The Wisconsin Department of Health Services (DHS) refused to cover Cody Flack’s top surgery.

Top surgery, a common reference for chest reconstruction surgery for transgender patients, is a widely accepted and effective surgical procedure for treating gender dysphoria. But DHS told Flack, who was assigned at birth female but is male, last summer that the procedure isn’t covered by Wisconsin’s Medicaid program. The state contends the surgery is “medically unnecessary.”


Since being denied, Flack has occasional thoughts of self-harming behavior — from removing the breasts himself to suicidal thoughts. He’s acted on neither.

Three hours southwest of Green Bay, where Flack lives, in Baraboo, Sara Ann Makenzie is running into the same problem. Makenzie, assigned at birth male but is female, obtained a $5,000 personal loan from her bank to pay out-of-pocket for chest reconstruction surgery last year because Medicaid wouldn’t pay for it. Since undergoing chest reconstruction — and accepting the financial hardship, she hasn’t been mistreated or harassed as often. But she still needs additional surgeries to further treat her gender dysphoria — and Medicaid won’t cover the associated costs.

Cody Flack (left) and Sara Makenzie (right) filed a lawsuit in federal court challenging a Wisconsin regulation that prohibits Medicaid beneficiaries from obtaining medically necessary treatments for gender dysphoria.  Courtesy of Cody Flack and Sara Ann MakenzieCody Flack (left) and Sara Makenzie (right) filed a lawsuit in federal court challenging a Wisconsin regulation that prohibits Medicaid beneficiaries from obtaining medically necessary treatments for gender dysphoria. Courtesy of Cody Flack and Sara Ann Makenzie

Both Flack and Makenzie rely on Wisconsin Medicaid for health care and Supplemental Security Income for just about everything else. Without government assistance, medical care is untenable. Despite the ban, the Wisconsin Medicaid program does pay for Flack and Makenzie’s hormone therapy. It’s unclear why Wisconsin denied some necessary gender-confirming care.

Now, the two Wisconsin residents are suing DHS over the state regulation that prohibits low-income Medicaid beneficiaries from receiving medically necessary treatments for gender dysphoria. The lawsuit filed in federal court Monday alleges that Wisconsin’s coverage ban violates the Affordable Care Act’s (ACA) non-discrimination provision, the federal Medicaid Act, and the Fourteenth Amendment’s Equal Protection Clause.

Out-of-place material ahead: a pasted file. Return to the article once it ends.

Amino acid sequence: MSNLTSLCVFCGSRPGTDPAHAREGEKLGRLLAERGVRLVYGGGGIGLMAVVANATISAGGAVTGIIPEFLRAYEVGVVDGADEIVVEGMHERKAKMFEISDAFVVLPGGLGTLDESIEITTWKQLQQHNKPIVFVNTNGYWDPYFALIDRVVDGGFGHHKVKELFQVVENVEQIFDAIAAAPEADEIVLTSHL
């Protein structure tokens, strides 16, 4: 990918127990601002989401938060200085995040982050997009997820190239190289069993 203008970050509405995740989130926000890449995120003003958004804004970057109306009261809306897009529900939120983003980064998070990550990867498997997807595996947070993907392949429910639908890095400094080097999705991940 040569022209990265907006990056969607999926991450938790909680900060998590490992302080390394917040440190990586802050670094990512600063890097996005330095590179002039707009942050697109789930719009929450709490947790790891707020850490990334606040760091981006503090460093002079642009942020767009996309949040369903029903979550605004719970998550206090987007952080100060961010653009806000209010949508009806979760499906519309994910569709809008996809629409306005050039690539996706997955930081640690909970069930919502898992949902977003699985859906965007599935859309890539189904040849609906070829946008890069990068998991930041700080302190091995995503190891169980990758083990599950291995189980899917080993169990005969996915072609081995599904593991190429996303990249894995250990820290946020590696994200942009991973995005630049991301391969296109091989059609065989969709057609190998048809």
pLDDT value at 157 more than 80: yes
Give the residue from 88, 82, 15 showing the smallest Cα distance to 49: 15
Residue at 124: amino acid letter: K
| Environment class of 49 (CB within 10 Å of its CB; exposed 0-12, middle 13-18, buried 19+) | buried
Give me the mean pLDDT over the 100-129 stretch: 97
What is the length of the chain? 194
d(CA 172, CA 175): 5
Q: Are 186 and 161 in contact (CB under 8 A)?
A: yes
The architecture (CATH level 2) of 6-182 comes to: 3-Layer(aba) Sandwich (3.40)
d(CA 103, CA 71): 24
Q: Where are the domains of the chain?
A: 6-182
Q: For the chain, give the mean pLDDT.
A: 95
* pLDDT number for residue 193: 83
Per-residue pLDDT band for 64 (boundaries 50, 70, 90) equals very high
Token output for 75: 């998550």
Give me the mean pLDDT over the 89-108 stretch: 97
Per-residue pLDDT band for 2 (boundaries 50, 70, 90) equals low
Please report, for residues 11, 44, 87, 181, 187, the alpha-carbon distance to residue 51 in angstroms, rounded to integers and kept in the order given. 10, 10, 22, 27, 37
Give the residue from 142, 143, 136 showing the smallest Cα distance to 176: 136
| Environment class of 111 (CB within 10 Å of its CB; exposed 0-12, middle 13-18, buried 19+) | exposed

“I am bringing this lawsuit to get the medical care I need to finally feel like myself, on the inside and the outside,” said Flack in a statement to ThinkProgress. “I hope to get the treatment I need and to help other transgender people who have suffered because of Wisconsin’s discriminatory policy. Having the court recognize that my health care needs are real will make a world of difference in my life.”

“No one should have to struggle just to be who they are,” added Makenzie. “It’s important to me to do my part to help other transgender people, and myself, get the basic medical care we need. Wisconsin needs to know that our lives matter.”

“Wisconsin treats its transgender Medicaid beneficiaries as second-class citizens and their transition-related health care needs as ‘unnecessary,’” the lawsuit says.

They are represented by the National Health Law Program, the civil rights law firm Relman, Dane & Colfax PLLC, and the Wisconsin law firm McNally Peterson, S.C.

In 1995, Wisconsin definitively said it wouldn’t cover “[d]rugs, including hormone therapy, associated with transsexual surgery or medically unnecessary alteration of sexual anatomy or characteristics” or [t]ranssexual surgery.” Gender reassignment surgery was categorized similarly to tattoo removal, ear lobe repair, and nipple reconstruction and repair.


Flack and Makenzie are asking that the court issue preliminary and permanent injunctions for any further enforcement of the coverage ban and that they be compensated for harms to their short- and long-term health and well being.

A disproportionate number of transgender people rely on Medicaid for their health care, and face barriers in seeking that care. Wisconsin is one of ten states with explicitly discriminatory Medicaid coverage for transgender health services. Eighteen states and the District of Columbia say they cover services for transgender Medicaid beneficiaries — including Flack’s home state of Pennsylvania. The rest do not explicitly say what their Medicaid policies are. Last fall, two transgender women sued Iowa’s Department of Human Services for banning sex reassignment surgery in Medicaid coverage.

The Trump administration is expected to further weaken health care protections for transgender patients. According to the New York Times, federal officials will rewrite the non-discrimination provision of ACA, known as Section 1557. This is the same rule the Flack and Makenzie’s attorneys are arguing Wisconsin is violating.

“Federal courts, including the Seventh Circuit, have held that federal prohibitions on sex discrimination prohibit discrimination based on gender identity. That’s just as true under Section 1557 as it is under Title IX, Title VII, and other laws,” said National Health Law Program Senior Attorney Abigail Coursolle in a statement to ThinkProgress. “While we are disappointed that HHS is flouting the law and taking a step backwards with its regulations, we are confident the federal courts will find Wisconsin’s ban illegal under federal law and the constitution.”

The Trump administration has been eroding transgender rights on several fronts — from barring transgender people from serving in the military to rescinding guidelines on how schools should accommodate transgender students.

This article has been updated to better reflect Flack and Makenzie’s gender.

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